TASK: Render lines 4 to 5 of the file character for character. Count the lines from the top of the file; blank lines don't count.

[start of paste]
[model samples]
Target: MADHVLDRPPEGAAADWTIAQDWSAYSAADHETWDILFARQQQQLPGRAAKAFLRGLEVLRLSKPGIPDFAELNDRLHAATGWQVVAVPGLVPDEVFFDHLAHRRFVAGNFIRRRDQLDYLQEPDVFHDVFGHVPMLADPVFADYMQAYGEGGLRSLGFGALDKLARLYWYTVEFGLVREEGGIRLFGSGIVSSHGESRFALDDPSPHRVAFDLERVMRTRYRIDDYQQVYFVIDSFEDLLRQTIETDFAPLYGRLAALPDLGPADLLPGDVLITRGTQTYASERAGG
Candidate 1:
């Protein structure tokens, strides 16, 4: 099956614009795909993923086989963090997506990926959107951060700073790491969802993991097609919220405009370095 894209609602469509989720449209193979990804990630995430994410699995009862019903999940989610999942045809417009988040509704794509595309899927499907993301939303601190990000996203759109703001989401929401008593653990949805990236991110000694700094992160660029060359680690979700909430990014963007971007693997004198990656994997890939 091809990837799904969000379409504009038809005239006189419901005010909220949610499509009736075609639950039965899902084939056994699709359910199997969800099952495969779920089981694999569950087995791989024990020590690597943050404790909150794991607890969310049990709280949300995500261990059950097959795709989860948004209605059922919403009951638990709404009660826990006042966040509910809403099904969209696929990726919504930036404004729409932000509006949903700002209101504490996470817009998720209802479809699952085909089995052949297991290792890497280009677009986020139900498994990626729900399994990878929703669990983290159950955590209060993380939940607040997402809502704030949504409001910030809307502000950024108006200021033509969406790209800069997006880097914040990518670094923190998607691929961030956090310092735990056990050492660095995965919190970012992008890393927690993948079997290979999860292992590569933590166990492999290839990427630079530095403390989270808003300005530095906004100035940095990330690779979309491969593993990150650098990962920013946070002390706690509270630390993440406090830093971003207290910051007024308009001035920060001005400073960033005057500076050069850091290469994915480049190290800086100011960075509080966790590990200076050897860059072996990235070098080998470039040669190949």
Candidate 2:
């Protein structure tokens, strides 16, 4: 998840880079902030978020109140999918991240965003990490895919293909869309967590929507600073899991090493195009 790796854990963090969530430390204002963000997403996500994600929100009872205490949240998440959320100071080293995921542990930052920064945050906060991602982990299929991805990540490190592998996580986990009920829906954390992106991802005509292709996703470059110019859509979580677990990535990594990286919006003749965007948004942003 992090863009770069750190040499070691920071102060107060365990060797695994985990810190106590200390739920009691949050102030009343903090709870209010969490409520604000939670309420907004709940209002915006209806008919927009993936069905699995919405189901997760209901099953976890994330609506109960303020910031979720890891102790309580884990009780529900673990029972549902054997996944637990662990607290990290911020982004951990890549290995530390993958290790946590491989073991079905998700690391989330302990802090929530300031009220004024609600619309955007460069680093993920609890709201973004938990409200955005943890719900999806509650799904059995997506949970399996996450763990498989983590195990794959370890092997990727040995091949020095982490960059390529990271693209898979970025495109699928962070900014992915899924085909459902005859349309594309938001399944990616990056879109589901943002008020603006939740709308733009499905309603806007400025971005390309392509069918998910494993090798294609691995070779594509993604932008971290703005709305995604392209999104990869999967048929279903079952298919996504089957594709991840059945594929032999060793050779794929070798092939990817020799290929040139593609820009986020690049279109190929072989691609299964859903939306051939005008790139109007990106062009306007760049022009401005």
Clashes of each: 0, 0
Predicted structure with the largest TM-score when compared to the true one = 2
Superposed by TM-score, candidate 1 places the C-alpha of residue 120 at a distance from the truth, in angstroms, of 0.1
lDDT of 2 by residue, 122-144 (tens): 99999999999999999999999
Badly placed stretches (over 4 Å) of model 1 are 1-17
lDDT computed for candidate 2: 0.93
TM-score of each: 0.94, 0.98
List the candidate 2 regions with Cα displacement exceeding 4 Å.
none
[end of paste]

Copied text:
């Protein structure tokens, strides 16, 4: 099956614009795909993923086989963090997506990926959107951060700073790491969802993991097609919220405009370095 894209609602469509989720449209193979990804990630995430994410699995009862019903999940989610999942045809417009988040509704794509595309899927499907993301939303601190990000996203759109703001989401929401008593653990949805990236991110000694700094992160660029060359680690979700909430990014963007971007693997004198990656994997890939 091809990837799904969000379409504009038809005239006189419901005010909220949610499509009736075609639950039965899902084939056994699709359910199997969800099952495969779920089981694999569950087995791989024990020590690597943050404790909150794991607890969310049990709280949300995500261990059950097959795709989860948004209605059922919403009951638990709404009660826990006042966040509910809403099904969209696929990726919504930036404004729409932000509006949903700002209101504490996470817009998720209802479809699952085909089995052949297991290792890497280009677009986020139900498994990626729900399994990878929703669990983290159950955590209060993380939940607040997402809502704030949504409001910030809307502000950024108006200021033509969406790209800069997006880097914040990518670094923190998607691929961030956090310092735990056990050492660095995965919190970012992008890393927690993948079997290979999860292992590569933590166990492999290839990427630079530095403390989270808003300005530095906004100035940095990330690779979309491969593993990150650098990962920013946070002390706690509270630390993440406090830093971003207290910051007024308009001035920060001005400073960033005057500076050069850091290469994915480049190290800086100011960075509080966790590990200076050897860059072996990235070098080998470039040669190949």
Candidate 2: